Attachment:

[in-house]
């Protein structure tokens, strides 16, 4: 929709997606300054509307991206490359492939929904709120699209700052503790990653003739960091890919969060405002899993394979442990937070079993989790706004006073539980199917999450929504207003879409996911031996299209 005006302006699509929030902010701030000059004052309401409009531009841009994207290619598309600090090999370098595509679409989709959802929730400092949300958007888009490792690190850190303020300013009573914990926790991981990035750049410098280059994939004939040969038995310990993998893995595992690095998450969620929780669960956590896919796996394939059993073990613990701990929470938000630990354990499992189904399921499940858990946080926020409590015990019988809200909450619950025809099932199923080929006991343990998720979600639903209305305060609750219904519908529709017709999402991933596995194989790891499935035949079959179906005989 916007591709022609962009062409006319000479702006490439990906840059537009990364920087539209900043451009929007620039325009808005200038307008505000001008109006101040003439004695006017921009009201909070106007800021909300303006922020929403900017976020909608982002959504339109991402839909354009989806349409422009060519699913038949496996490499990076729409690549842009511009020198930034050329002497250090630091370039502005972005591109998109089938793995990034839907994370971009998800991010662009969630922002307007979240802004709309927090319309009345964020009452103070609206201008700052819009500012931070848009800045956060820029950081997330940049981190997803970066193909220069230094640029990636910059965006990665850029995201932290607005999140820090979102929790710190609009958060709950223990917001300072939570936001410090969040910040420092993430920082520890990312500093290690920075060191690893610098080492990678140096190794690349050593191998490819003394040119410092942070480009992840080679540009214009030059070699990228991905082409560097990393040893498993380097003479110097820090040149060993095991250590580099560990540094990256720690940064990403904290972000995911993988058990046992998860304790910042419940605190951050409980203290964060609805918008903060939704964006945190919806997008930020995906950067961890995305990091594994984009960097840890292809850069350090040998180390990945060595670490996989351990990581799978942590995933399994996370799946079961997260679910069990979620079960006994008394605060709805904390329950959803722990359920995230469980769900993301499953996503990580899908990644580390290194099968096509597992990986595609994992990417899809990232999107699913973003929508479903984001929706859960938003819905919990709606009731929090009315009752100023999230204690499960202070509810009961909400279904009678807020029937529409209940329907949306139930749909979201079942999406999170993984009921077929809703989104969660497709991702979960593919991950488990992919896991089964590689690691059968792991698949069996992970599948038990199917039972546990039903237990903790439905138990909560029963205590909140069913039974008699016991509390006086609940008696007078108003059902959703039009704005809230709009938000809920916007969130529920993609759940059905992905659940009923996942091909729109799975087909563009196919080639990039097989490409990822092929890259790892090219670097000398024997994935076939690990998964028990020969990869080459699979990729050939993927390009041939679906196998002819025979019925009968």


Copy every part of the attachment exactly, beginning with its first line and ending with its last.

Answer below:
[in-house]
């Protein structure tokens, strides 16, 4: 929709997606300054509307991206490359492939929904709120699209700052503790990653003739960091890919969060405002899993394979442990937070079993989790706004006073539980199917999450929504207003879409996911031996299209 005006302006699509929030902010701030000059004052309401409009531009841009994207290619598309600090090999370098595509679409989709959802929730400092949300958007888009490792690190850190303020300013009573914990926790991981990035750049410098280059994939004939040969038995310990993998893995595992690095998450969620929780669960956590896919796996394939059993073990613990701990929470938000630990354990499992189904399921499940858990946080926020409590015990019988809200909450619950025809099932199923080929006991343990998720979600639903209305305060609750219904519908529709017709999402991933596995194989790891499935035949079959179906005989 916007591709022609962009062409006319000479702006490439990906840059537009990364920087539209900043451009929007620039325009808005200038307008505000001008109006101040003439004695006017921009009201909070106007800021909300303006922020929403900017976020909608982002959504339109991402839909354009989806349409422009060519699913038949496996490499990076729409690549842009511009020198930034050329002497250090630091370039502005972005591109998109089938793995990034839907994370971009998800991010662009969630922002307007979240802004709309927090319309009345964020009452103070609206201008700052819009500012931070848009800045956060820029950081997330940049981190997803970066193909220069230094640029990636910059965006990665850029995201932290607005999140820090979102929790710190609009958060709950223990917001300072939570936001410090969040910040420092993430920082520890990312500093290690920075060191690893610098080492990678140096190794690349050593191998490819003394040119410092942070480009992840080679540009214009030059070699990228991905082409560097990393040893498993380097003479110097820090040149060993095991250590580099560990540094990256720690940064990403904290972000995911993988058990046992998860304790910042419940605190951050409980203290964060609805918008903060939704964006945190919806997008930020995906950067961890995305990091594994984009960097840890292809850069350090040998180390990945060595670490996989351990990581799978942590995933399994996370799946079961997260679910069990979620079960006994008394605060709805904390329950959803722990359920995230469980769900993301499953996503990580899908990644580390290194099968096509597992990986595609994992990417899809990232999107699913973003929508479903984001929706859960938003819905919990709606009731929090009315009752100023999230204690499960202070509810009961909400279904009678807020029937529409209940329907949306139930749909979201079942999406999170993984009921077929809703989104969660497709991702979960593919991950488990992919896991089964590689690691059968792991698949069996992970599948038990199917039972546990039903237990903790439905138990909560029963205590909140069913039974008699016991509390006086609940008696007078108003059902959703039009704005809230709009938000809920916007969130529920993609759940059905992905659940009923996942091909729109799975087909563009196919080639990039097989490409990822092929890259790892090219670097000398024997994935076939690990998964028990020969990869080459699979990729050939993927390009041939679906196998002819025979019925009968």